Susan Swindells, M.B.B.S., of the University of Nebraska Medical Center, Omaha, presented the findings of the study today at a JAMA media briefing at the International AIDS Conference in Toronto.
The long-term adverse effects, expense, and difficulty of sustained adherence to multidrug antiretroviral regimens have prompted studies of simpler therapies for human immunodeficiency virus type 1 (HIV-1) infection. Treatment cessation, intermittent therapy, and induction-maintenance (a few months of triple therapy followed by simplified therapy) regimens have been evaluated with mostly inferior results, according to background information in the article.
Dr. Swindells and colleagues conducted a study to determine whether a simplified maintenance therapy with the antiretroviral medication "boosted" atazanavir alone after virologic suppression (cessation of detectable HIV virus replication) would not markedly increase the risk of virologic failure. Protease inhibitors, such as atazanavir, are often combined with a small dose of ritonavir to increase blood levels -- a phenomenon known as "boosting." This regimen was selected because of low pill burden, once-daily dosing, safety, and unique resistance profile. The 24-week pilot study, conducted between Sept. 2004 and April 2006, included 36 HIV-infected adults with virologic suppression for 48 weeks or longer receiving their first protease inhibitor (PI)--based regimen. Participants switched PIs to atazanavir-ritonavir at entry and discontinued nucleoside analog reverse transcriptase inhibitors (NRTIs) after 6 weeks. Virologic failure was defined as two consecutive HIV-1 RNA measurements of 200 copies/mL or more. The final analysis included 34 patients.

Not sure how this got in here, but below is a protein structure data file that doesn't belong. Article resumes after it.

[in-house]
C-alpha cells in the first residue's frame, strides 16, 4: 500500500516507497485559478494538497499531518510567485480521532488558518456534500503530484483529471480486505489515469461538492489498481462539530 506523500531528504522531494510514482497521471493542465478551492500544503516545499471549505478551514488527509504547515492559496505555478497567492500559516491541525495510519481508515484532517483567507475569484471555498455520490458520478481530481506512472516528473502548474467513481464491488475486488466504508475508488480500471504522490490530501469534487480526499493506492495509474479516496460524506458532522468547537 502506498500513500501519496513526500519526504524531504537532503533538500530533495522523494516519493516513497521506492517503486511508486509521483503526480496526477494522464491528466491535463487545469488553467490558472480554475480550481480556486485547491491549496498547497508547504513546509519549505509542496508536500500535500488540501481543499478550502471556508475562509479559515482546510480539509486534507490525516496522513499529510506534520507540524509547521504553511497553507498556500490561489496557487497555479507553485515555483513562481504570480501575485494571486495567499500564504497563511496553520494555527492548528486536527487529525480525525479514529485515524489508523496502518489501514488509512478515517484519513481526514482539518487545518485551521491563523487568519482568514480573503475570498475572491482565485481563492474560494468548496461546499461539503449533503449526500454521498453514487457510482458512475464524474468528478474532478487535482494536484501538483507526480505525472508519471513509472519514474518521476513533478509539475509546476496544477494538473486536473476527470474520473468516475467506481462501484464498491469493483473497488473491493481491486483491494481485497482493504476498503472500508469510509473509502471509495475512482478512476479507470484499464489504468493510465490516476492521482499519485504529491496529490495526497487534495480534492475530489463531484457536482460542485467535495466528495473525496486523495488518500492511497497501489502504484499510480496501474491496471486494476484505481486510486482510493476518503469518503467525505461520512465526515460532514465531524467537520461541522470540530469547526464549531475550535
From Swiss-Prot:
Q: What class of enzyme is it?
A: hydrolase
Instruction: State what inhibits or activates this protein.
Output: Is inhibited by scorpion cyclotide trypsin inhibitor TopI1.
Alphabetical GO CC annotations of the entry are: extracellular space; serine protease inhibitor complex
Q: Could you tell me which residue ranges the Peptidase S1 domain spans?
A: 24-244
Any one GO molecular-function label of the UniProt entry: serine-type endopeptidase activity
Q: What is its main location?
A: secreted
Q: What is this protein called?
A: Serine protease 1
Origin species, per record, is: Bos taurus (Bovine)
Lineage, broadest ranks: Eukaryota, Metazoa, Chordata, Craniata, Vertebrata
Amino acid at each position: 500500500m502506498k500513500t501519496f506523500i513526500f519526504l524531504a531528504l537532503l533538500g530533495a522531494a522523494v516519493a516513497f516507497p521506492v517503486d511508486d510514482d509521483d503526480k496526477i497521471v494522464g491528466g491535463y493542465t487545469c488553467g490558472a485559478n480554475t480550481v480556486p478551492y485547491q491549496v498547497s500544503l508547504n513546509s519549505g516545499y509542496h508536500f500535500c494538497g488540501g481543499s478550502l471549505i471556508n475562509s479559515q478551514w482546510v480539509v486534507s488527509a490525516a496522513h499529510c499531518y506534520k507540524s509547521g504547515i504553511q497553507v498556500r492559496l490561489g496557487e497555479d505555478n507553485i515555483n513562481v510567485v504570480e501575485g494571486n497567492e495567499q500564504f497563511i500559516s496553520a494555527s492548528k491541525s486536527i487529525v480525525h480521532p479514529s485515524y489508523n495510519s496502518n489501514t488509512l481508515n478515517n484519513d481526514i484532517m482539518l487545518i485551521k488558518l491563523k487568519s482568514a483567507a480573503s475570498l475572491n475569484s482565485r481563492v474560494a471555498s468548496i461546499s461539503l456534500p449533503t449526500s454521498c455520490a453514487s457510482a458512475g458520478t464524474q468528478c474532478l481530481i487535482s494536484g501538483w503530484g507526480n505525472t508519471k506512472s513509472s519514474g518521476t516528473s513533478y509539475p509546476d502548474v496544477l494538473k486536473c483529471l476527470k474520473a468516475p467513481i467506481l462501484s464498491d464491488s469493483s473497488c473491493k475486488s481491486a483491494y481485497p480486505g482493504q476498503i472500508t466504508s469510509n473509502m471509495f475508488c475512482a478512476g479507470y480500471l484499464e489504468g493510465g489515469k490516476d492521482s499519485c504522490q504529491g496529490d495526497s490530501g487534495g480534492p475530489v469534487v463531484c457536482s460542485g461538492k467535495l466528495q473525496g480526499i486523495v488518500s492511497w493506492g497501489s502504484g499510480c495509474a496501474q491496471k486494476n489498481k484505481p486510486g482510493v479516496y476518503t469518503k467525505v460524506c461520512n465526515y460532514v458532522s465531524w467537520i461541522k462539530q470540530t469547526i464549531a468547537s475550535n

Virologic success (absence of failure) through 24 weeks of simplified therapy occurred in 91 percent of patients (31 of 34). Three participants experienced virologic failure at 12, 14, and 20 weeks after simplification. Resistance testing at failure did not identify protease inhibitor resistance mutations. Atazanavir concentrations in the blood at failure were low or below detection in 2 of 3 participants experiencing failure, indicating these patients may not have taken the prescribed doses. There were no treatment discontinuations for adverse events after simplification and no significant changes in CD4 cell counts.
"In this pilot study, the data suggest that simplified maintenance therapy with atazanavir-ritonavir alone in patients who have never experienced treatment failure may be efficacious in maintaining HIV-1 RNA suppression below 200 copies/mL for 24 weeks after discontinuing NRTIs," the authors write. "Maintenance therapy with a single boosted PI offers a treatment strategy with potentially less complexity, pill burden, long-term complications, and cost."
The researchers add that although the findings are encouraging, caution regarding inferences is warranted due to study limitations such as the small number of participants in the study. "Larger, randomized trials comparing this approach with standard antiretroviral therapy are warranted." (JAMA. 2006;296:806-814. Available pre-embargo to the media at www.jamamedia.org)
This work was supported by NIH grants and a Virology Support Laboratory subcontract of the ACTG Central Group Grant. Industry support from Bristol-Myers Squibb and Abbott Laboratories was in the form of supplying study drugs and participation on the protocol team.
Note: This story has been adapted from a news release issued by JAMA and Archives Journals.